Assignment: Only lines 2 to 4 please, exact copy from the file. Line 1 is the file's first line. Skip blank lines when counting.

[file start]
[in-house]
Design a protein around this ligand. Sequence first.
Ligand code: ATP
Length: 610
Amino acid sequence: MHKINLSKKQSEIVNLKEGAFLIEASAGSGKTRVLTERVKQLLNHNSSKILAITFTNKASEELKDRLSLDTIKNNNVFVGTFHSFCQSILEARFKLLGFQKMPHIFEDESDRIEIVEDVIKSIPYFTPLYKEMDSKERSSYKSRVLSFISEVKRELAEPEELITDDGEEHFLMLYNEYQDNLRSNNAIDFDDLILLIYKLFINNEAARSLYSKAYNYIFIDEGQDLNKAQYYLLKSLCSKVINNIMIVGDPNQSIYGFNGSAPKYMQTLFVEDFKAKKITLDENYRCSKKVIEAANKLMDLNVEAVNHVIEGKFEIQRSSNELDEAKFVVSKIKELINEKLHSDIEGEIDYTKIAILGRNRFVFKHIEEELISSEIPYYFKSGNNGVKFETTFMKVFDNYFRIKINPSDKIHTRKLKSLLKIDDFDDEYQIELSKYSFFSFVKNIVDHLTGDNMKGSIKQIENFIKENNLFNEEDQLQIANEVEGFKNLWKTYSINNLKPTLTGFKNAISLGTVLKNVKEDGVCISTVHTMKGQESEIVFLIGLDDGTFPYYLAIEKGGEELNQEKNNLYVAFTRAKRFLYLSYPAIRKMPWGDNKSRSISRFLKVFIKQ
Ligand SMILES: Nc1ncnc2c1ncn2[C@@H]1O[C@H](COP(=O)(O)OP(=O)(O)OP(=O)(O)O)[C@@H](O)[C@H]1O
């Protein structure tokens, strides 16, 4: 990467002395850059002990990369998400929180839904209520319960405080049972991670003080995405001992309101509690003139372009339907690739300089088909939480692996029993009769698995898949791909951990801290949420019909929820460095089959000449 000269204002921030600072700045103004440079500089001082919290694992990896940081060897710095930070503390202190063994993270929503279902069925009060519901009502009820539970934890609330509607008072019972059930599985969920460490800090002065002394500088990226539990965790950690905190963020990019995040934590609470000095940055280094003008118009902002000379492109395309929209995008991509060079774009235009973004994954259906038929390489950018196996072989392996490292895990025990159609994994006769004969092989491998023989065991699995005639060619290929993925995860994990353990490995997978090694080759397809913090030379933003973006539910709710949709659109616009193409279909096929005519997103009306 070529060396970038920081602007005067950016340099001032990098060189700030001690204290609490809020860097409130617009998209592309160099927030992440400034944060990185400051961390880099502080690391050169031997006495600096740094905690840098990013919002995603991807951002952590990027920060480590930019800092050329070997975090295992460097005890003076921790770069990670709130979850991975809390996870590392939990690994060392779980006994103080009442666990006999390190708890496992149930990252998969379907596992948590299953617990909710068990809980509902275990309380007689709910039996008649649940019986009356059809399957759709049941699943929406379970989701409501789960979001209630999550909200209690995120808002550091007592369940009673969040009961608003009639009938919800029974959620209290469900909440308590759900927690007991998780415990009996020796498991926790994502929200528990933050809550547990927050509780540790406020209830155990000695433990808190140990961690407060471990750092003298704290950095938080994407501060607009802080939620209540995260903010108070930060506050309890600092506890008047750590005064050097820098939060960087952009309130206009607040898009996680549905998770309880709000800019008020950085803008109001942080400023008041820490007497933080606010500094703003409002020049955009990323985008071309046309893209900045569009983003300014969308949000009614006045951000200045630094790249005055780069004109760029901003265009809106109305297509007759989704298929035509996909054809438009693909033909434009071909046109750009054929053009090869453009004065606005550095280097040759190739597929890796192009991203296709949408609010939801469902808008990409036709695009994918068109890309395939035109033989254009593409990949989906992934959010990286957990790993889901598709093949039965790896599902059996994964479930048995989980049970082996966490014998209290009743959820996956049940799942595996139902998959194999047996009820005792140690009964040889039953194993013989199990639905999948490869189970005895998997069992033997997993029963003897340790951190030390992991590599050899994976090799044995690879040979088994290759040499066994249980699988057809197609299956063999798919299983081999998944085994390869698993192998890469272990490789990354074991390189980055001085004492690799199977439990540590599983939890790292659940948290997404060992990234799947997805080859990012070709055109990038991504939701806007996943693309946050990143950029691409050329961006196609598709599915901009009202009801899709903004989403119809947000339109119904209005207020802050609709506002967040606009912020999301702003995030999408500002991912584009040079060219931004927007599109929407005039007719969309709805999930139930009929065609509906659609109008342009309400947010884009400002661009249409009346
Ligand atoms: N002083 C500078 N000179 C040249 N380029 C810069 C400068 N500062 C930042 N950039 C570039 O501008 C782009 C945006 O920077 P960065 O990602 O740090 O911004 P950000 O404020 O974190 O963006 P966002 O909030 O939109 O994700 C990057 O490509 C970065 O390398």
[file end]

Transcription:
Design a protein around this ligand. Sequence first.
Ligand code: ATP
Length: 610